RSPO’s 13th annual roundtable commences in Kuala Lumpur this week. It has been an extraordinary 12 months for palm oil certification more broadly.
The Malaysian Sustainable Palm Oil (MSPO) standard was launched at the beginning of this year.
Greenpeace and other members of the High Carbon Stock Approach released their toolkit. The Sustainable Palm Oil Manifesto also completed its draft study on high carbon stock.
Throughout this, RSPO has maintained its position as the world’s largest palm oil certification system. The RSPO is not perfect; a certification system or a standard should be a compromise if it is to become a widely used benchmark system.
But there are three interesting aspects to the current certification debate that are rarely discussed.
The first is CSPO uptake.
As my colleague Carl Bek-Nielsen pointed out in the Malaysian media recently, the uptake of CSPO has been very low by purchasers.
Around 20 percent of palm oil is now certified sustainable. Yet, only half of this is purchased as CSPO with minimum or negligible market premiums attached.
One thing about CSPO is that it ultimately certifies a process, not a specification. It is an assurance that certain process-based criteria have been met. These criteria do not impact the performance of the product for its end use.
There is no incentive for purchasers to buy CSPO based on performance; the incentive should be that there is an assurance that the processes and environmental management is better. But, apparently, this incentive is not considered to be great enough; the buyer need for assurance is only present in 10 per cent of the market.
What does this mean?
This leads to my second point, which is about different levels or types of certification in the marketplace.
There is, simply, enough room for different levels of certification in the global palm oil marketplace.
There are basically three classes of certification. One, government-endorsed standards; two, private consensus standards; and three, NGO endorsements.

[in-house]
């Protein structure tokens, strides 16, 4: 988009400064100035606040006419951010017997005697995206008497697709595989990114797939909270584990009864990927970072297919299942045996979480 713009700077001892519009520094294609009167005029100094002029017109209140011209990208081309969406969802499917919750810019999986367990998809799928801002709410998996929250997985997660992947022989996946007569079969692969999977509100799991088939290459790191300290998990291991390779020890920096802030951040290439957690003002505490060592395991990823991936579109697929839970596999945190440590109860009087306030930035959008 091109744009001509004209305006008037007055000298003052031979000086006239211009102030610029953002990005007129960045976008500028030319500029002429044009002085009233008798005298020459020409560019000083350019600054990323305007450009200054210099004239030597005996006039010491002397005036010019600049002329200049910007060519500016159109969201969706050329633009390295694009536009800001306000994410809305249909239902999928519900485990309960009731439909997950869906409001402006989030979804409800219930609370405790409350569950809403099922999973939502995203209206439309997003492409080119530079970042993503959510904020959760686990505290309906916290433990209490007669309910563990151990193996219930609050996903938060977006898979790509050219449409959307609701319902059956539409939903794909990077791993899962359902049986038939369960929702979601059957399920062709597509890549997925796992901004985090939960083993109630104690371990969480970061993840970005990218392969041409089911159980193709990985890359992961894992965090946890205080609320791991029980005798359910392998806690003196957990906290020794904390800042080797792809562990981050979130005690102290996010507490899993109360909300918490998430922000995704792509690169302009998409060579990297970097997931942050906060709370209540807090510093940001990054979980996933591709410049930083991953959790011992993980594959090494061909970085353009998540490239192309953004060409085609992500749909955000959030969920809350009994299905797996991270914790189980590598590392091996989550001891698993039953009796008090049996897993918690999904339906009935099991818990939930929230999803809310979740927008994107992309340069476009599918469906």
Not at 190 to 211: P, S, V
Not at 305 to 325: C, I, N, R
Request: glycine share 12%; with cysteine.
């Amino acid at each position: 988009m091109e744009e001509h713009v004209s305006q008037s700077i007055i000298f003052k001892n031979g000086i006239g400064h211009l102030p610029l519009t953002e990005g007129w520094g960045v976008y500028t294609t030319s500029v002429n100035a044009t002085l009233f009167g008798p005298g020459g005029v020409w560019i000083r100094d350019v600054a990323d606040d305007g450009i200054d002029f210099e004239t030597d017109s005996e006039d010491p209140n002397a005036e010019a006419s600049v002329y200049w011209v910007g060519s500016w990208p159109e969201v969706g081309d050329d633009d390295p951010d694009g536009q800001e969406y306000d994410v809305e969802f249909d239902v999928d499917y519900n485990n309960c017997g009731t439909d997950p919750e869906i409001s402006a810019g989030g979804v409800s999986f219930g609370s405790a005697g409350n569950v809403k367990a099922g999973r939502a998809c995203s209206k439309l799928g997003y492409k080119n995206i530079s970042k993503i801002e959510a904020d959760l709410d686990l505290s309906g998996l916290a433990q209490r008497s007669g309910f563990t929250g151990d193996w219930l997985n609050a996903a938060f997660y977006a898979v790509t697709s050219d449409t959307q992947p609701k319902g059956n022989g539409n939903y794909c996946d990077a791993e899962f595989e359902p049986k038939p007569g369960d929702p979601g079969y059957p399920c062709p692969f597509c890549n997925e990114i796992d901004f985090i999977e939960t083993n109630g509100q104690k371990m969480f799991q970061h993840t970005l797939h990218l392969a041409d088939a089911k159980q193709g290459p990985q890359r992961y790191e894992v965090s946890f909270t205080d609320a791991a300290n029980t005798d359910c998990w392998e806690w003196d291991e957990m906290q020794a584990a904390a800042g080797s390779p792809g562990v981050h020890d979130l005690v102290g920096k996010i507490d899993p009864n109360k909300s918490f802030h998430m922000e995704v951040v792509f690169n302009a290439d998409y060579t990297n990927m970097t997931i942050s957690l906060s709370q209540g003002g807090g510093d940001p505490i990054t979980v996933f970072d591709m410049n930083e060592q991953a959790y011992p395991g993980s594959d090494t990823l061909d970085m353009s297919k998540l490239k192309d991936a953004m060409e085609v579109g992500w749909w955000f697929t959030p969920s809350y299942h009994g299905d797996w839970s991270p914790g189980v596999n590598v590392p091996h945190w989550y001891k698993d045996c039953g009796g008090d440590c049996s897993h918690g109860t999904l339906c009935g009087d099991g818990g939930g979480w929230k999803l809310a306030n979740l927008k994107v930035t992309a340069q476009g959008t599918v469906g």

In the first category, is the MSPO, as well as Indonesia’s government-backed Indonesian Sustainable Palm Oil (ISPO), and a number of proposed standards, including one for Thailand and a pan-ASEAN standard.
The second category contains RSPO.
The third category is not so much a standard, but an endorsement by groups of particular companies and their approach to palm oil.
None of these types of certification has a particular hold on any particular market. As stated above, if demand for CSPO was high, the uptake would be at 100 per cent, and companies would be scrambling to increase their certified output.
So what is likely to happen?
RSPO will continue as it is. Demand will change in line with market preferences. The stellar demand growth – the low hanging fruit – we have seen in recent years will probably taper.
Government-backed schemes will increase the supply of CSPO on the market. This will mean the uptake of CSPO will increase, not through demand preferences but because of changes in production.
NGO-endorsed output will increase also, but there will be limits to what can be achieved. The NGO-endorsed criteria – traceability, zero deforestation, etc – are only achievable through the largest, vertically integrated producers. Large purchasers that have ongoing relationships with these companies are therefore able to apply policies that accord with these supply strategies.
The remainder of the market – comprising SMEs – will remain outside of both RSPO and NGO endorsements. This isn’t because there’s a reluctance to improve environmental management to the levels asked. It’s simply because the market demand for these improvements (outside of those larger companies) isn’t there.
What does this say about certification more broadly?
It says that there is room for all three tiers of certification in the market.
I have said before that there is a useful parallel in timber, pulp and paper markets. A range of sustainable forest management standards exists. These include government and industry-backed standards, private consensus standards, and NGO endorsements.
Around 30 per cent of global roundwood (timber) production is certified according to government and industry or private standards. Most falls under the former category. But the large majority of timber has no level of certification at all.
Again, this illustrates that there is room in the market for production according to different standards.
Some commentators have spoken of the ‘danger’ of a palm oil market becoming fragmented between certified and non-certified palm oil. But there is no danger, it is simply a reality of markets.
There is already fragmentation in markets for organic or non-organic food, recycled or non-recycled paper, products made according to animal welfare standards, etc.
These product differentiations co-exist, and more expensive production techniques are reflected in price premiums, at least in some product categories.
There is no reason to think that global palm oil markets are any different – the upshot of this being that all forms of certified palm oil products, whatever their certification standard, as well as non-certified products, can co-exist in the marketplace together. This, surely, is what the future of palm oil certification will look like.
By Dr Yusof Basiron, CEO of MPOC